In this letter, Dunn shared with Lederberg his recollections of how Harriett Ephrussi-Taylor came to be interested in Avery's
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1972-10-14 (October 14, 1972)
Dunn, L. C.
Courtesy of Joshua Lederberg.
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Medical Subject Headings (MeSH):
History of Medicine
After the Discovery: The Transforming Principle's Reception by the Scientific Community
Letter from Joshua Lederberg to L. C. Dunn (October 11, 1972)
Letter from L. C. Dunn to Joshua Lederberg (October 12, 1972)
Letter from Joshua Lederberg to L. C. Dunn (October 18, 1972)
Your letter of October 11 and the copy of Olby's very useful paper which you enclosed put the questions you ask about
Harriett Taylor in a clearer light. I have doubts that I shall be able to answer them from documents since apparently all
of my correspondence with students was kept with department matters (I was then executive officer) and cannot now be found.
Nor does Harriett's name appear in the index of my correspondence which is now in the APS library. But, I shall hunt when
next I go to Columbia Library for her dissertation and notes and have another go at an ex department secretary to see what
became of department papers of that era.
On only a few questions will I trust my memory 1) Harriett came to work on developmental genetics in mice -- but during my
absence one term she got interested in yeast and called me to a new room she had acquired on 10th floor
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near Ryan's to show me material and observations she had already made. I believe I said I could be of little help with
such a problem -- but felt that students should be free to choose sponsor and problem (better sponsor first) she didn't
ask for other sponsorship, but just went ahead largely on her own. I'm sure she must have talked with Francis I have no
memory of how she found an interest in yeast -- later it crossed my mind it might have come via Boris. What is certain is
that long afterward she and Boris came together to enquire how she could get her degree awarded, something in which she herself
had no great interest. I told them the University and science Faculty still maintained the requirement that after all other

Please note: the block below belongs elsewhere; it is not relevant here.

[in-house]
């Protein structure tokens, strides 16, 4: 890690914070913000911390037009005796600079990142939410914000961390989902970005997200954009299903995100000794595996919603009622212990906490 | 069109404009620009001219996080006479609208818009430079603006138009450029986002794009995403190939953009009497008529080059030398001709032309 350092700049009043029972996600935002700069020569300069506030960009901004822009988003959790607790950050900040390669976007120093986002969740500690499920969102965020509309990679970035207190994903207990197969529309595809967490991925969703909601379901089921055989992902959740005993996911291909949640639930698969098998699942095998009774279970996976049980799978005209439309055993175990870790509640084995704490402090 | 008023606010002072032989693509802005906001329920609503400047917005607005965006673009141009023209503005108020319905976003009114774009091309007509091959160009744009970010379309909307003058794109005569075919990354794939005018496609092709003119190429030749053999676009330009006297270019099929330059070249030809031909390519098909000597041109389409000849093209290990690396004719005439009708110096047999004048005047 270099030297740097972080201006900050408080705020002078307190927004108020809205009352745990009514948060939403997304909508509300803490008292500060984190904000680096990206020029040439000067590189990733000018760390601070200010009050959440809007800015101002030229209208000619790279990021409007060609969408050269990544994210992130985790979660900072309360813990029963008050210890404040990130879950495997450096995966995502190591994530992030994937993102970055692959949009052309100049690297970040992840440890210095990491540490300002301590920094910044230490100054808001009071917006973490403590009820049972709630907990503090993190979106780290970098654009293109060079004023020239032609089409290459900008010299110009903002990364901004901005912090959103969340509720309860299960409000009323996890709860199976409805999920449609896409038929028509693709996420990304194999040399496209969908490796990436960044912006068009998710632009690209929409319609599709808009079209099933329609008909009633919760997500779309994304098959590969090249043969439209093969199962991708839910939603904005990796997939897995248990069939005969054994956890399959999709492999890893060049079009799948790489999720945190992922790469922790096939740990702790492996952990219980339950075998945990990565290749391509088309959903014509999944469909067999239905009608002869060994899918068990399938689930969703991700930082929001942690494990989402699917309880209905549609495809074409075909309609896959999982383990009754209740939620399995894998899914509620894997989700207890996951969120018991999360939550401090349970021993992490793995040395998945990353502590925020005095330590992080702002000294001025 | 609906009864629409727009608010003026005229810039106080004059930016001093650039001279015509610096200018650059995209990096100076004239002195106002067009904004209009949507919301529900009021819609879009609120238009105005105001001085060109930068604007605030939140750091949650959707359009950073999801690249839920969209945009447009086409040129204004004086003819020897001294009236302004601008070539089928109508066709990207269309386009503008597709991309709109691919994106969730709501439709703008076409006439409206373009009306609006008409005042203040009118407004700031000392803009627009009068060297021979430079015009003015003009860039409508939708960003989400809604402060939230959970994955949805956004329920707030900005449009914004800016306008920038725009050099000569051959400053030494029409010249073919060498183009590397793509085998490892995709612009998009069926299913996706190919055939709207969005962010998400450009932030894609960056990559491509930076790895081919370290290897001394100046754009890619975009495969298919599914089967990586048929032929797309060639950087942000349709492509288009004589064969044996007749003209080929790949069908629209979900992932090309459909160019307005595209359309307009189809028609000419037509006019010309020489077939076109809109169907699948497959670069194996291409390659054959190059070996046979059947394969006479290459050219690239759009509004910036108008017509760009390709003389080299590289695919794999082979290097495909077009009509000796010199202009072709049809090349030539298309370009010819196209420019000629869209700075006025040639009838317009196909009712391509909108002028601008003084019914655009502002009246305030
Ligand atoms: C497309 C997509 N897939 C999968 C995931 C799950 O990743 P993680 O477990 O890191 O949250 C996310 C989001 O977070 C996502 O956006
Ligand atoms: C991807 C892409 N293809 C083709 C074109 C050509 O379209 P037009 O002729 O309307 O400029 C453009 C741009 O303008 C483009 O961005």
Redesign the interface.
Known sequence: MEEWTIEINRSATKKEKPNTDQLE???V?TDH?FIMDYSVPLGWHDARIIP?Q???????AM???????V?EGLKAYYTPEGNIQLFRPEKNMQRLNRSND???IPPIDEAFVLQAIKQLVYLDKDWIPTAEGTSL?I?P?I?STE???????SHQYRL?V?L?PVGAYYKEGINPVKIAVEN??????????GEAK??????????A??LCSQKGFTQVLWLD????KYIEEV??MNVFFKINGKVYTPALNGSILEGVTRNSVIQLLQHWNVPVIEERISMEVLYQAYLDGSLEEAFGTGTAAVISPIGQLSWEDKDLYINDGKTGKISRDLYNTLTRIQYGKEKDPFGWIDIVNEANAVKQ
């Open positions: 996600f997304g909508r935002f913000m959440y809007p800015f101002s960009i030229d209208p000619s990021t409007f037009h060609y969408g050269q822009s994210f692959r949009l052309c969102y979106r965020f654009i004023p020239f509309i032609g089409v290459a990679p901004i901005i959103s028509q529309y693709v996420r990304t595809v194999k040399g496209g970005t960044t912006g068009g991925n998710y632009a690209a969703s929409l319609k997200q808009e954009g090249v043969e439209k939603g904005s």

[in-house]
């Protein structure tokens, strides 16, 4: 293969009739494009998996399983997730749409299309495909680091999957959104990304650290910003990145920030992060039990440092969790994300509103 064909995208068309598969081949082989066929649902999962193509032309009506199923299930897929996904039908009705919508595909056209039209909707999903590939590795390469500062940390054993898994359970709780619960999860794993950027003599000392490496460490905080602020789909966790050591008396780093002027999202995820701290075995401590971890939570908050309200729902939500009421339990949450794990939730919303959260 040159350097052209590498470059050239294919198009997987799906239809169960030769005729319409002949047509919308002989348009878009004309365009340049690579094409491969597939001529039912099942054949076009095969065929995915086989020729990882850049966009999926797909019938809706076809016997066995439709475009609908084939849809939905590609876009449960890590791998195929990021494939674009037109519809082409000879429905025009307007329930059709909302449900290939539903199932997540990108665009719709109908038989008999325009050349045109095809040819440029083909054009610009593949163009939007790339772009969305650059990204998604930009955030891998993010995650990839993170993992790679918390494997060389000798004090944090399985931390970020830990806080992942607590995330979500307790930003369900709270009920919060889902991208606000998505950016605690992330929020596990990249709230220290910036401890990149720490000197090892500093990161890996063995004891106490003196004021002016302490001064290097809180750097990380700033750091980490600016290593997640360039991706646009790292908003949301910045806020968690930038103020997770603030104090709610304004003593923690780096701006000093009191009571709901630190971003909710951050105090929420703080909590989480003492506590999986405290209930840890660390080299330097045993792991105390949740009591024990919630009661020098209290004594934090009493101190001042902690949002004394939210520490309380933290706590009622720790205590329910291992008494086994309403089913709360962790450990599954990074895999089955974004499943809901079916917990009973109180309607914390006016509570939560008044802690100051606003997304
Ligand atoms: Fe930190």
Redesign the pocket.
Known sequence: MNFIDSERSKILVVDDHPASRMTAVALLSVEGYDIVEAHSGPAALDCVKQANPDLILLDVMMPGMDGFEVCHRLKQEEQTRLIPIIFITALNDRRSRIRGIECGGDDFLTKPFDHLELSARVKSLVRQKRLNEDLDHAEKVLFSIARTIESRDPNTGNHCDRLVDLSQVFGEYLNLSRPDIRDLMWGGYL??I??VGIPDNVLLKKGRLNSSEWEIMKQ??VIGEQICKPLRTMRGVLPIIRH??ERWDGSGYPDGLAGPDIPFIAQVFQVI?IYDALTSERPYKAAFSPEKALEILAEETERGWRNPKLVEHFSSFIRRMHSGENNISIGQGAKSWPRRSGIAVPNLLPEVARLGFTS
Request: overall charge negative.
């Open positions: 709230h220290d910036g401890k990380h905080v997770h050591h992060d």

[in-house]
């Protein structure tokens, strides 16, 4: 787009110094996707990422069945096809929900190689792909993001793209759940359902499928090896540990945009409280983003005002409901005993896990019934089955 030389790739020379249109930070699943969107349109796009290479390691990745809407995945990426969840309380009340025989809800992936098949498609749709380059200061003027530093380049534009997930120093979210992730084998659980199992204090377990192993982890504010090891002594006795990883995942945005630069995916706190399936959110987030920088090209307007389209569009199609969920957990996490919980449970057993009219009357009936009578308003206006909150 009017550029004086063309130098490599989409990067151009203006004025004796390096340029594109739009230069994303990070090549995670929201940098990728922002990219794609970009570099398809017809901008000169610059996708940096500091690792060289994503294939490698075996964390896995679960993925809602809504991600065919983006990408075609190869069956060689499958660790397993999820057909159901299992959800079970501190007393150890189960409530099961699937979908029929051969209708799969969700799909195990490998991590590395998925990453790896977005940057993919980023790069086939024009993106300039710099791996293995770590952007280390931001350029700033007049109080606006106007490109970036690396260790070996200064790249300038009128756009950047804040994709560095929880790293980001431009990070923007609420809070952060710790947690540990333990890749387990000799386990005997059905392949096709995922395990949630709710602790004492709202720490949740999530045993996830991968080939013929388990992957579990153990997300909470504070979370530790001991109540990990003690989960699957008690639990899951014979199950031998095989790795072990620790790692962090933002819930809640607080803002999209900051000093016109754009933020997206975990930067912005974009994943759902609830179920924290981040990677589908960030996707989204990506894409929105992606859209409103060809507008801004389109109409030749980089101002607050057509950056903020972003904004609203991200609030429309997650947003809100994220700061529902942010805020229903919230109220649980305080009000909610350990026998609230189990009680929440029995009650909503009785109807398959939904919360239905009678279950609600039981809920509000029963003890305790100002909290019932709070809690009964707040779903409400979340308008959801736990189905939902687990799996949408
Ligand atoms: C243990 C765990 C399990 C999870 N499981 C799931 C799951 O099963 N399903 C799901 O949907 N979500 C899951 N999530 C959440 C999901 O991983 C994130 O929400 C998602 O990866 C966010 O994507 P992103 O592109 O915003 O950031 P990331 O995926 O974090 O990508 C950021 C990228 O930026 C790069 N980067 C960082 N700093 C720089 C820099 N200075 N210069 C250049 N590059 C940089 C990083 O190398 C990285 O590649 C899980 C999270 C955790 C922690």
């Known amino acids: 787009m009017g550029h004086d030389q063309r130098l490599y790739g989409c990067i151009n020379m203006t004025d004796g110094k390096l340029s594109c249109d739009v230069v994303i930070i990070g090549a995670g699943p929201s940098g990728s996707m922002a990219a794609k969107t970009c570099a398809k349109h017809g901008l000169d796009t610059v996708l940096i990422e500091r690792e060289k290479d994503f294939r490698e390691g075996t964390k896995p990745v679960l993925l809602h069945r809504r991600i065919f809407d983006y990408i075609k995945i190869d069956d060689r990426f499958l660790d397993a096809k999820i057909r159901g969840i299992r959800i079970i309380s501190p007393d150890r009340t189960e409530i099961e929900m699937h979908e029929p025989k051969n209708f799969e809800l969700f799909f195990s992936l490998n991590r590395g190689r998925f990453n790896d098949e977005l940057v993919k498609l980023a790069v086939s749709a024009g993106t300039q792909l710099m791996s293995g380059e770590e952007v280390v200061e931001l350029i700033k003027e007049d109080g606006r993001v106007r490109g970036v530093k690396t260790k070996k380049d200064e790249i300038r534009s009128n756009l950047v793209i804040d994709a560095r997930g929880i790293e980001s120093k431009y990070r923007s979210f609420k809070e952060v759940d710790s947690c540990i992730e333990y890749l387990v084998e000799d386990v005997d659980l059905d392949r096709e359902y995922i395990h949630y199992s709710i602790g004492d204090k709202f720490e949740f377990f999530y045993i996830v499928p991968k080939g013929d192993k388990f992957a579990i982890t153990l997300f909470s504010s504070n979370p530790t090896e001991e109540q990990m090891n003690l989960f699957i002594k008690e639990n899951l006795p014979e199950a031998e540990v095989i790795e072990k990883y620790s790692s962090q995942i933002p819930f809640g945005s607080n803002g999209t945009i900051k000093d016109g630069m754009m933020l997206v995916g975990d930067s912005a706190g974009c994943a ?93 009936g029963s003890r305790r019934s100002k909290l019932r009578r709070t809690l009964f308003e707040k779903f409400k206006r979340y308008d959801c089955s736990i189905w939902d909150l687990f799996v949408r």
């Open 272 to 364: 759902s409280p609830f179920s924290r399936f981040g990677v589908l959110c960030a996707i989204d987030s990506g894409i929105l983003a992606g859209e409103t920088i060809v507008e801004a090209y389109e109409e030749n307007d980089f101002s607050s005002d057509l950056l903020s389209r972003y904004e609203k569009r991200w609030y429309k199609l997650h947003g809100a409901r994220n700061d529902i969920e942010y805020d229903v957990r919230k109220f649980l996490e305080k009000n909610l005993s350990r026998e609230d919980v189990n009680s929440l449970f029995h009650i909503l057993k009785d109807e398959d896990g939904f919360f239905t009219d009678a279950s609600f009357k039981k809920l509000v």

conditions had been met the final and necessary one was publication in an acceptable journal. As I recall Boris said "Then
Harriett let us publish." But if it happened I don't know; thats a question to be settled from faculty records in
the dean's office. (George Wald as I remember was for long in the same position -- if in limbo, then not suffering for
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I recall no relationship with Selig Hecht. She probably spent one summer at Cold Spring Harbor as genetics students often
did since we had one (or two) scholarships there. I believe that's where Bryson got interested in microbiology and perhaps
it was the same in Harriett's case.
But how Avery's torch was transmitted I don't know. She certainly understood the problems consequent upon DNA as transformant
-- her 1951 C.S.H Sympos paper shows that clearly -- but if she told you about Avery it must have been soon after the 1944
[?] paper was published. I don't believe we had discussed that paper in seminar until two or more years later. I tried
just now to reach Harriett's friend of that time -- Reba Mirsky -- but she's apparently away. Mirsky may just possibly
have been the liason [sic] in this case (Reba, I believe was somewhat later than Harriett as graduate student)
I'll send you news as soon as I get it -- but I think it must come from written records